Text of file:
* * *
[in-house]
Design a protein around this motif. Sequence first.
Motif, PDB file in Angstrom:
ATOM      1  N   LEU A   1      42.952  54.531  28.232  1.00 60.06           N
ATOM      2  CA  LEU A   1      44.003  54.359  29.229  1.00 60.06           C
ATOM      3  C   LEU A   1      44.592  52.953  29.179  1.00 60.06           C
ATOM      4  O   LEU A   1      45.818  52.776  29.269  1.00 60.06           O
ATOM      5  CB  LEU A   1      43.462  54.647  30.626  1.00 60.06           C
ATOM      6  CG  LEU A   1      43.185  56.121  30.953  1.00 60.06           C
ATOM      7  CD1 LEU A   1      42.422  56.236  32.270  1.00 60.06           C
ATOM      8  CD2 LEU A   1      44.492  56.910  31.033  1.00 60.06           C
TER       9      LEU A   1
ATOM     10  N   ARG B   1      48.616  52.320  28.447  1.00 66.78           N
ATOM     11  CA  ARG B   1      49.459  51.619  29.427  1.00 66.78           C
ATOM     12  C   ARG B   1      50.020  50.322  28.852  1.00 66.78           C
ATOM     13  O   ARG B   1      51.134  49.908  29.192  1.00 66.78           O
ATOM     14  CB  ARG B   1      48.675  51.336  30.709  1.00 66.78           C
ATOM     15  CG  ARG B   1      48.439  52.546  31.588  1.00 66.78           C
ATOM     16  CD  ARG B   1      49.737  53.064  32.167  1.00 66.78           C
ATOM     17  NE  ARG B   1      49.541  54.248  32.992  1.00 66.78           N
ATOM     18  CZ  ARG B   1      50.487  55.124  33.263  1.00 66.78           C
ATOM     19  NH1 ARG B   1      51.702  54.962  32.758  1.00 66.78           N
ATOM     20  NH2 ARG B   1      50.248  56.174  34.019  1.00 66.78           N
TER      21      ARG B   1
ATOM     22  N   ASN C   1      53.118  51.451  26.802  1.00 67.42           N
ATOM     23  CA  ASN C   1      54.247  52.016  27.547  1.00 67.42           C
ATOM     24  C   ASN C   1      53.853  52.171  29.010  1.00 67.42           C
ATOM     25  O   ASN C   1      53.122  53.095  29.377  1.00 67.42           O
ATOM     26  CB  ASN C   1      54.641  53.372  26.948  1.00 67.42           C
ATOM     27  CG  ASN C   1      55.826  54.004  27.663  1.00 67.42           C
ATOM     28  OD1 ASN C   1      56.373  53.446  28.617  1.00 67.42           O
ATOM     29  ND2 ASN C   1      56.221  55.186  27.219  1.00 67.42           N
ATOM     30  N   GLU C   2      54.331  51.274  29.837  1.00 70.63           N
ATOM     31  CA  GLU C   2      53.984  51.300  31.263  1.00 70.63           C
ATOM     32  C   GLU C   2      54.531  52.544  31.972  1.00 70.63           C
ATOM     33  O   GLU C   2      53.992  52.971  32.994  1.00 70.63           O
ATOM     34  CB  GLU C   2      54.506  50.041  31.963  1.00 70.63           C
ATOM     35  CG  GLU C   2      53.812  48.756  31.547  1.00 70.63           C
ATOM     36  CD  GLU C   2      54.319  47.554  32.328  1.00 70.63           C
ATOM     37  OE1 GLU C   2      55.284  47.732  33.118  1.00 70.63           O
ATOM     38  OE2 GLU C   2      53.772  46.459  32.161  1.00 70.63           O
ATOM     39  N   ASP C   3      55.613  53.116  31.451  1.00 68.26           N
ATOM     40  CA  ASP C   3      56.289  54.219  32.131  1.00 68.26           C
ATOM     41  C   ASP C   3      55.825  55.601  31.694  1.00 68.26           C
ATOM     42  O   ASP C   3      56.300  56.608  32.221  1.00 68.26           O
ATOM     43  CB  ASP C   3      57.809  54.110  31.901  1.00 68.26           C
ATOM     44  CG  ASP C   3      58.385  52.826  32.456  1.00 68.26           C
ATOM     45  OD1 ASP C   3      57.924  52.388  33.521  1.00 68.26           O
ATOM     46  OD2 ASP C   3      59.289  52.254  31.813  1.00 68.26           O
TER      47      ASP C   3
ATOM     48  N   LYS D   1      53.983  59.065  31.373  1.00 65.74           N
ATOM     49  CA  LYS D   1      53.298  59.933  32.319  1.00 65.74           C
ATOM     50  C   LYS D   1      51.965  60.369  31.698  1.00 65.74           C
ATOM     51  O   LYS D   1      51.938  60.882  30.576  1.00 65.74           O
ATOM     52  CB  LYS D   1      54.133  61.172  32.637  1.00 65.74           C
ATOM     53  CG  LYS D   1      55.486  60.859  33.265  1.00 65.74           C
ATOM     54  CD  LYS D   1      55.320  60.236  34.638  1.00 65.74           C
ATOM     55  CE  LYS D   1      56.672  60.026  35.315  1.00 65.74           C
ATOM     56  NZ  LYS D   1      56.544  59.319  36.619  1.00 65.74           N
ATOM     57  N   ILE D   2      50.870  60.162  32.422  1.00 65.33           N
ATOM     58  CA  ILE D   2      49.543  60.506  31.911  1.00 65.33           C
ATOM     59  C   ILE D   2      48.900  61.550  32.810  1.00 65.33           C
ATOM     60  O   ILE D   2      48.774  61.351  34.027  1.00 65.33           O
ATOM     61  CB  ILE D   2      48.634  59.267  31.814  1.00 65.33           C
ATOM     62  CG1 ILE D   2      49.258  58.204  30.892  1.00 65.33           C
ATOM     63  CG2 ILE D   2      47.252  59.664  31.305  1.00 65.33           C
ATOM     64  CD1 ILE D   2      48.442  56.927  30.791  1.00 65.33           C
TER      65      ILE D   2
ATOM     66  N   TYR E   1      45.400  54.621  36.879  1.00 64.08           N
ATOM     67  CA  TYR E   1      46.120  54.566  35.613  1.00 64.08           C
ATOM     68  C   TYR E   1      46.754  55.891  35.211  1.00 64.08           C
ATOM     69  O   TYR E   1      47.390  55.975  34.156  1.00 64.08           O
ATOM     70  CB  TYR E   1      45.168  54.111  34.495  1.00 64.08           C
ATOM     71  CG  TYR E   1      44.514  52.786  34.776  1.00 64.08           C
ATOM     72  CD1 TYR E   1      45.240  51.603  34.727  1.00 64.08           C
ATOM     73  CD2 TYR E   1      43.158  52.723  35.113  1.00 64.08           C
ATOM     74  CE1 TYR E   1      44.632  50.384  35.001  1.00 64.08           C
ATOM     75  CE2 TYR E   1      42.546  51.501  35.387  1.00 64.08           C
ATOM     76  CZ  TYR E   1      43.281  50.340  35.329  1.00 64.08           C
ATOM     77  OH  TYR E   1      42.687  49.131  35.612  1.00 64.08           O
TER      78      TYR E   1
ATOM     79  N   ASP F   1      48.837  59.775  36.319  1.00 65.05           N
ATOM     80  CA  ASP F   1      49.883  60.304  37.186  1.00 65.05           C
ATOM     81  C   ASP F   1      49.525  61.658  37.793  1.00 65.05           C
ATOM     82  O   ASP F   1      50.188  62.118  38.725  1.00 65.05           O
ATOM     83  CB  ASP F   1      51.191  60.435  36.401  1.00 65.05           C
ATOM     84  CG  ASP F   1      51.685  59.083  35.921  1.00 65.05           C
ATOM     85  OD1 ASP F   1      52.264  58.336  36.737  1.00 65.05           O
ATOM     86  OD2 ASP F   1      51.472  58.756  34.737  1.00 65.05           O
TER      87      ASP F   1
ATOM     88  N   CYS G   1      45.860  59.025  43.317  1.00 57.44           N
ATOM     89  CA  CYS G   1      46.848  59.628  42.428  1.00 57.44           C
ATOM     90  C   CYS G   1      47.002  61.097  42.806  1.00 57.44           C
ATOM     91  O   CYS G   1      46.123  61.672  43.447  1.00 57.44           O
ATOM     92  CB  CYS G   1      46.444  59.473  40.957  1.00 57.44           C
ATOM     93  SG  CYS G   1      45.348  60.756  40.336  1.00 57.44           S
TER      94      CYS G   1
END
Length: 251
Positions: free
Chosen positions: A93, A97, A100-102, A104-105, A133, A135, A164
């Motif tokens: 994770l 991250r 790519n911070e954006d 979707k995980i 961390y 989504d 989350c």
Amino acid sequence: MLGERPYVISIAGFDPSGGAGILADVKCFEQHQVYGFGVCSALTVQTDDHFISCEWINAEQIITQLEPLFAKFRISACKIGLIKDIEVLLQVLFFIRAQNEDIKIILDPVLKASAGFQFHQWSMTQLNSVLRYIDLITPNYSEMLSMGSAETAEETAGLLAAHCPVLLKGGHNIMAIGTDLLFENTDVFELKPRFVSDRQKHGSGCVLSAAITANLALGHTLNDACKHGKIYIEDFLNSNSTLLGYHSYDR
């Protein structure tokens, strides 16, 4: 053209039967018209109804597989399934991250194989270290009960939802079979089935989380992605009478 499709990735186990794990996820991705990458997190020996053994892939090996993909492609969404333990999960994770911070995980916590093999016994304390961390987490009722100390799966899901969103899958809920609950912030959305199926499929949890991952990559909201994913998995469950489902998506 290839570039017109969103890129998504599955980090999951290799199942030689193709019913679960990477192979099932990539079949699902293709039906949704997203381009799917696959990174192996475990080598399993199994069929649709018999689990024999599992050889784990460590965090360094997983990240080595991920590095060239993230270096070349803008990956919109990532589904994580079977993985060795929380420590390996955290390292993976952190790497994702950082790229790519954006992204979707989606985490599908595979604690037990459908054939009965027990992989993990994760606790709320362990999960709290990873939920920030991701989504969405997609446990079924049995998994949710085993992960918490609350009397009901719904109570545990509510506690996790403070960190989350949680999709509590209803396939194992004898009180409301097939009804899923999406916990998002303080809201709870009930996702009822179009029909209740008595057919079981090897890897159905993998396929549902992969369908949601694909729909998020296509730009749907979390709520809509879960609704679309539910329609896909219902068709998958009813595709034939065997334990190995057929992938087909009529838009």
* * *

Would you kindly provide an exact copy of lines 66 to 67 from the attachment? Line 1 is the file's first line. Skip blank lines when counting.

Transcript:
ATOM     63  CG2 ILE D   2      47.252  59.664  31.305  1.00 65.33           C
ATOM     64  CD1 ILE D   2      48.442  56.927  30.791  1.00 65.33           C